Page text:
The police chief of the Mexican state hit hardest by drug violence has resigned after a group of armed men rescued a suspected cocaine smuggler from police custody, officials said on Saturday.
Javier Torres, the top officer in the northern border state of Chihuahua, said in his resignation letter he did not want to be a burden to the police force.
"The head of this department should not have any baggage," Torres wrote.
US Secretary of State Hillary Clinton traveled to Mexico this week to underscore Washington's seriousness about helping defeat drug gangs as President Barack Obama announced a $184 million plan to step up searches for smuggled drugs, guns and cash at the Mexican border.
The same day Clinton was in Mexico, a dozen men armed with automatic rifles raided a Chihuahua City hospital where Crispin Borunda, a suspected drug smuggler, had been transferred from a local prison for treatment of a heart ailment, said a spokesman for state prosecutors.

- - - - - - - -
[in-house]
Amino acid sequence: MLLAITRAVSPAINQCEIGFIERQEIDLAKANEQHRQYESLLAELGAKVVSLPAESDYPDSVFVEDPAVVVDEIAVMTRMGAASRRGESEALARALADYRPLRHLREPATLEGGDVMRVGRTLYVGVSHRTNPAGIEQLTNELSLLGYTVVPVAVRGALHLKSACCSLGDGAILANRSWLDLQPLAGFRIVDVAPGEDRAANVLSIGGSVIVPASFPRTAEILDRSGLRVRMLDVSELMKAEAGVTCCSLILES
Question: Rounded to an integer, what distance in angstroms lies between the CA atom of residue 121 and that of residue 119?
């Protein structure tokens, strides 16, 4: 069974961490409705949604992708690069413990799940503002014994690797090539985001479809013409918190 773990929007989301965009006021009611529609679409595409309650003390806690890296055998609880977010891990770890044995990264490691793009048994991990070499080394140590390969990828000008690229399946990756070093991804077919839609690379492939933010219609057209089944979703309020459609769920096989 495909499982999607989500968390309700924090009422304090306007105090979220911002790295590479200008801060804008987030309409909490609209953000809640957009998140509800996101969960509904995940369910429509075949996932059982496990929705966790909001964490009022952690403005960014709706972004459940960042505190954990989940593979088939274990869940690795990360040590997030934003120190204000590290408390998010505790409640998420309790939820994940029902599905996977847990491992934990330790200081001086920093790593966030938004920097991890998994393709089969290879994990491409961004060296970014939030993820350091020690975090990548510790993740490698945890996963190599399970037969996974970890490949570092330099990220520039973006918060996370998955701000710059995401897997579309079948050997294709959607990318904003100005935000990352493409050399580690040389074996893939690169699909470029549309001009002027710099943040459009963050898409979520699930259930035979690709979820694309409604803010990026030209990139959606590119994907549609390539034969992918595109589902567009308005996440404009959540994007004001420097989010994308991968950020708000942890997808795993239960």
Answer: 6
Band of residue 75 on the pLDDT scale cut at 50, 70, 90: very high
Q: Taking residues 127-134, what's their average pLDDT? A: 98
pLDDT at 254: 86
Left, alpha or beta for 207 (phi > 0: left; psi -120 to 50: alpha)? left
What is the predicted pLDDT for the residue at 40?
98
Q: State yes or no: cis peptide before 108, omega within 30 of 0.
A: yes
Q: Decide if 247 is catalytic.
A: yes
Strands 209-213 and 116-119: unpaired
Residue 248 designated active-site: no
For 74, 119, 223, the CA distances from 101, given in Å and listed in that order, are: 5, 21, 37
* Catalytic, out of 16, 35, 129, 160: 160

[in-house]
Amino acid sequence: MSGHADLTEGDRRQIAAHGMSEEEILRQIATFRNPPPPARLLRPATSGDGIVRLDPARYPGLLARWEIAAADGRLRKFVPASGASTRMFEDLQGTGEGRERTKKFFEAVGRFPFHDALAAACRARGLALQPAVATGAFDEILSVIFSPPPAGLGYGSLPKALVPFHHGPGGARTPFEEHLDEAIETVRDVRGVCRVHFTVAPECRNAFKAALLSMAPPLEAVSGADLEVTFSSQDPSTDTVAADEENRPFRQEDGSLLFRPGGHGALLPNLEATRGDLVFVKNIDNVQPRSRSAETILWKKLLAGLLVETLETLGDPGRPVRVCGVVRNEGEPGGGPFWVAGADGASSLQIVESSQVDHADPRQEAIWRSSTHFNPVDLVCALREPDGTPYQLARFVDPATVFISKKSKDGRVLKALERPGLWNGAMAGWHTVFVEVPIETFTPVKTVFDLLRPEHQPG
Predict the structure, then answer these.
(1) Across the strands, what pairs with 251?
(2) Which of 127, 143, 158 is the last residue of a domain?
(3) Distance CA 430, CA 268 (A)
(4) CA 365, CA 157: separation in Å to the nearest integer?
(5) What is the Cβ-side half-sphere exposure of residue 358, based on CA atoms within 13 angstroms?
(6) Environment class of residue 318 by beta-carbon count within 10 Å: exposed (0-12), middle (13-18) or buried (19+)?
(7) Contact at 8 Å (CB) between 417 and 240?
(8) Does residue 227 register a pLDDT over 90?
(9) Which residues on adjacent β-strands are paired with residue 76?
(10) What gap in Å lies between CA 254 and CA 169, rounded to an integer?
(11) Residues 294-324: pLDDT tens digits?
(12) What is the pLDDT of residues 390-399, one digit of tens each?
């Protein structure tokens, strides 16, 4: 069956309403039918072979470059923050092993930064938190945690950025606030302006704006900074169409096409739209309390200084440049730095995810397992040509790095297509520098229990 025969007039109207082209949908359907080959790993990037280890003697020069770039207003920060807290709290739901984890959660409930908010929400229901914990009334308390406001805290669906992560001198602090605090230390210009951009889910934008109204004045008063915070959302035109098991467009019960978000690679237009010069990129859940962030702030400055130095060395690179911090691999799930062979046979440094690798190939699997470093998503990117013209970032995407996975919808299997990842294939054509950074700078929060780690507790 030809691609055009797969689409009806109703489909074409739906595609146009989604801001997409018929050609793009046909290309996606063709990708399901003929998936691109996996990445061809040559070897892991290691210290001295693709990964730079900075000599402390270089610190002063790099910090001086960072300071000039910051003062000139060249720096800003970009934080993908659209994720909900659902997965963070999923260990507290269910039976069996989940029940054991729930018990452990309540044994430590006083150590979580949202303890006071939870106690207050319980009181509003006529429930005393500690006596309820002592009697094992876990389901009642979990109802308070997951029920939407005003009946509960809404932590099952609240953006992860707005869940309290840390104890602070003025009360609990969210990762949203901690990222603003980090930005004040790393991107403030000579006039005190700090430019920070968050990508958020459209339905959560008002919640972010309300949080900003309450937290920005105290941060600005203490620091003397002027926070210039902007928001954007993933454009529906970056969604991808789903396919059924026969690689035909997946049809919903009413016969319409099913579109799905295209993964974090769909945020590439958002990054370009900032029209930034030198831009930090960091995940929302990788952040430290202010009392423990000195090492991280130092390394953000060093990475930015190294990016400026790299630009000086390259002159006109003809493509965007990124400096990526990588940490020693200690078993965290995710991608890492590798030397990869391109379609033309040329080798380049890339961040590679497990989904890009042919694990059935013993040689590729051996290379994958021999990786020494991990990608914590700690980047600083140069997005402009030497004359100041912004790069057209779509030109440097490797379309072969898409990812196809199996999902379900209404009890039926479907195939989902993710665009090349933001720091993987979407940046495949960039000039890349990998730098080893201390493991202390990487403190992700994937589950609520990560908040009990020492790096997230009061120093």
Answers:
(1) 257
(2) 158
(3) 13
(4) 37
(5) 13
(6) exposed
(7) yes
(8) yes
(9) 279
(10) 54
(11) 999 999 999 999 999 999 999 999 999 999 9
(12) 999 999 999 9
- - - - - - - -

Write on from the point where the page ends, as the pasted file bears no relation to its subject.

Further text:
The raiders overpowered guards and made off with Borunda.
The prison's warden and 16 others, including guards and doctors, have been suspended and are under investigation for helping Borunda escape, the spokesman said.
Gangland killings have become commonplace in Chihuahua despite a crackdown on drug cartels by police and soldiers, and the escape was just the latest embarrassment to Mexican law enforcement.
Mexico's most-wanted man, Joaquin "Shorty" Guzman, snuck out of a high-security jail in a laundry van in 2001 and now presides over one of the country's most deadly organizations, the Sinaloa cartel.
About 6,300 people died in drug violence last year in Mexico.